In 2014 Sprint owner Softbank gave up on its planned merger with T-Mobile after regulators at the DOJ and FCC made it clear they planned to block the deal. And, just like the blocking of AT&T's attempted T-Mobile merger, this wound up being a good thing, as it protected what passes for competition in the wireless space, driving T-Mobile to compete even more intensely. That said, Softbank CEO Masayoshi Son hasn't given up on a Sprint T-Mobile merger, back in August making it abundantly clear he'd be trying again should the FCC see a shift in leadership:
"There’s a key figure who will determine if Son makes another run at T-Mobile: the yet-to-be named new head of the FCC. If Son feels that person is more amenable to a combination to take on market leaders AT&T Inc. and Verizon Communications Inc., he will probably try again, said the people, who asked to not be identified because the matter is private."
Fast forward to this week, and Son appears to have found a ray of hope named Donald Trump.
Trump and Son met this week at Trump Tower in Manhattan, shortly afterwards announcing a "new plan" to bring $50 billion in investment and 50,000 new jobs to the United States. Trump was quick to proclaim on Twitter that this investment and job growth was solely thanks to his existence:
Masa (SoftBank) of Japan has agreed to invest $50 billion in the U.S. toward businesses and 50,000 new jobs....
In short, the $50 billion investment and the 50,000 jobs are largely fairy tale numbers wholly unrelated to Donald Trump doing much of anything. It's also worth noting that when asked, Son himself wasn't actually willing to specifically credit Trump with any of it:
"...The contours of the deal Trump announced Tuesday appear in line with the company’s previous investment plans. In October, SoftBank announced it would create a $100 billion fund – with the backing of Saudi Arabia – in a bid to become the “biggest investor in the technology sector,” Son said at the time.
Son on Tuesday did not say whether the new investment pledge was a result of Trump's victory, but he did say he was celebrating Trump's White House win.
"I just came to celebrate his new job,” Son said. “I said, ‘This is great, the U.S. will become great again.’"
So in short, Softbank's investment pledges have absolutely nothing to do with Trump, and were announced before Trump even won the election. Not that you'd know that by reading 90% of the news coverage about the plan. Meanwhile, where these 50,000 jobs will be coming from -- and whether they'll actually materialize at all -- is anybody's guess. The job growth certainly isn't happening at Sprint, where the company under Softbank ownership has been consistently laying off thousands of employees as it tries to trim $2.5 billion in operation expenses annually after years of continued missteps.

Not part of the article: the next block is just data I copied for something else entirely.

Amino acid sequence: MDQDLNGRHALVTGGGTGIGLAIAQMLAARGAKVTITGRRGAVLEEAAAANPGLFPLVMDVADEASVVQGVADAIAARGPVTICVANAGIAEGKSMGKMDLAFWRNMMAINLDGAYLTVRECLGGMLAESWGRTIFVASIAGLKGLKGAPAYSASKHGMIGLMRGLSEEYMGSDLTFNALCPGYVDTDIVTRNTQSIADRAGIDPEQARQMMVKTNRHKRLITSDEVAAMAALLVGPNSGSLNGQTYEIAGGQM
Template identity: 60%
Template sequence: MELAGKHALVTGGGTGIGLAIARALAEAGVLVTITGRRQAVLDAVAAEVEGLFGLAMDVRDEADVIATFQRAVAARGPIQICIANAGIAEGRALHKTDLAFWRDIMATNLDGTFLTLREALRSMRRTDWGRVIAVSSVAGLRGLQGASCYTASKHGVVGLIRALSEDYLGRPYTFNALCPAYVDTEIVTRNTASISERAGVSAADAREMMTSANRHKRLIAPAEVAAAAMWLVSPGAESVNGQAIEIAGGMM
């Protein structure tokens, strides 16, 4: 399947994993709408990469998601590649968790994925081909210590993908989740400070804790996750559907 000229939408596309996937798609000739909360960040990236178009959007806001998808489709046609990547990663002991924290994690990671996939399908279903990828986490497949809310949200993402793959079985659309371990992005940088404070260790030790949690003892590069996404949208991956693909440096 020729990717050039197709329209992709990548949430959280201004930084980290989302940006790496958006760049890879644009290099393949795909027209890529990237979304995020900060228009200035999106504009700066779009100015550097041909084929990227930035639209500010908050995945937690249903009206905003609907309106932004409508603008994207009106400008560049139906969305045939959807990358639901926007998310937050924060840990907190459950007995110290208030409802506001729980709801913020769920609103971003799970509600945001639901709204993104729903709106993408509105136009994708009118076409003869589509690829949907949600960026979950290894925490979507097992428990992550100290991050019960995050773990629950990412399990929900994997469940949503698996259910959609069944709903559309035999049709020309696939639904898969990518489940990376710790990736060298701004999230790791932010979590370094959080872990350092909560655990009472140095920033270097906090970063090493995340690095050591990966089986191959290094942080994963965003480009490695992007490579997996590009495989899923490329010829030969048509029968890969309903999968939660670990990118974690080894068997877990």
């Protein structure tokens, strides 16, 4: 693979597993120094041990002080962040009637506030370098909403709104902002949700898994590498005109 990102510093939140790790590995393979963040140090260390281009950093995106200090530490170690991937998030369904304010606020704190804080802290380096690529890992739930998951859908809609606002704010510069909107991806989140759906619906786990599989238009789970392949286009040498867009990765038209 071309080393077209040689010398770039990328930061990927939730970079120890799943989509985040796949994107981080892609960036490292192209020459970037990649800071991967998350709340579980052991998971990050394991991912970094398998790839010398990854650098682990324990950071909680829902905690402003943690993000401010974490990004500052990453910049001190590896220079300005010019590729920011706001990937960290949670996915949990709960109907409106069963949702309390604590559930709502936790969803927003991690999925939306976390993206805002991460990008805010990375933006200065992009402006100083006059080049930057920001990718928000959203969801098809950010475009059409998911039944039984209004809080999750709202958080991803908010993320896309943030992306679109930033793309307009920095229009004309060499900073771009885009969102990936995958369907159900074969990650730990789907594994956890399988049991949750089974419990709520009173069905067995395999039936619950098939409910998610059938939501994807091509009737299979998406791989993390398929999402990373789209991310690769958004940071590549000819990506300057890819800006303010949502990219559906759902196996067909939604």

It's relatively clear Masayoshi Son is pining for an FCC that will let the company finally fuse Sprint with T-Mobile. And there's every indication he'll be getting his wish from the new FCC. Trump's telecom advisors are a who's who of industry-tied think tankers and lobbyists, all of whom have publicly stated the FCC should be hamstrung and defunded. One of them doesn't even believe telecom monopolies are real. Their selection for FCC boss, whoever it is, is extremely unlikely to support using regulatory authority to block mega-mergers, regardless of Trump's campaign promises to stop such deals.
While massive job creation promises are routinely bandied about in the run up to telecom mega-mergers, those promises never actually materialize. In fact the opposite happens as redundant positions are eliminated and customer support and service corners are cut to accommodate the debt taken on from the deals. Meanwhile, eliminating a major player in the wireless space results in consistently worse service and higher prices. This is, despite ample historical precedent, a lesson we're culturally unwilling to intellectually digest. Rinse, wash, repeat.
That said, this little public relations fracas was still a win for Trump and Masayoshi Son. Trump gets to falsely take credit for a several-month-old plan he had nothing to do with, and Son gets to fill Trump's head with the idea that if he supports his looming merger -- money, jobs and miracles will rain from the sky.
You might recall that during the fight over net neutrality rules, giant legacy ISPs (and the armies of think tankers, lobbyists and consultants paid to support their often flimsy arguments) repeatedly insisted that if net neutrality rules were passed, tubes would clog, innovation would die, and investment in broadband networks would shrivel up completely. There was no subtlety to these claims; ISP-loyal politicians and hired economists time and time again breathlessly insisted that net neutrality would be a disaster because nobody would be willing to keep building broadband networks.